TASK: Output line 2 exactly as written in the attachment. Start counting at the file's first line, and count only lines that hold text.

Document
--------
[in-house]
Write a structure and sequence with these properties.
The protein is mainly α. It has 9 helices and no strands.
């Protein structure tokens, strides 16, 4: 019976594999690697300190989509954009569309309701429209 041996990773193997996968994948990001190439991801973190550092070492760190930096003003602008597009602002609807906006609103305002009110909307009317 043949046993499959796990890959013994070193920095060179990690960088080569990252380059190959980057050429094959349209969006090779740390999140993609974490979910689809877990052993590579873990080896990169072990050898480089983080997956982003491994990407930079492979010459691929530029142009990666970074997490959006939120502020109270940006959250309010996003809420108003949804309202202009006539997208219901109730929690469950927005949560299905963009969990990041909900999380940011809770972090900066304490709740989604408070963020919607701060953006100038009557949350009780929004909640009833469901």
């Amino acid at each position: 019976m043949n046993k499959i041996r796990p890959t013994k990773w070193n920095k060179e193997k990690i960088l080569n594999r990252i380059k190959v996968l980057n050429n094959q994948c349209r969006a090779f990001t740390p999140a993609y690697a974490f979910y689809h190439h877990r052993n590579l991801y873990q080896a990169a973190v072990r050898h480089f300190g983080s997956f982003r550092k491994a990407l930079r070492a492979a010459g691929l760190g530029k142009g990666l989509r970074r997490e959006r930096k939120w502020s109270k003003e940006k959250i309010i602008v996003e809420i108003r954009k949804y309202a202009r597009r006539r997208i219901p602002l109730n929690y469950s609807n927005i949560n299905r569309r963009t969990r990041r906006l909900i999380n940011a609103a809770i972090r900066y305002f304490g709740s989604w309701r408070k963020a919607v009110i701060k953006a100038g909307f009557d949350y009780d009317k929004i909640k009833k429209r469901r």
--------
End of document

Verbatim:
Write a structure and sequence with these properties.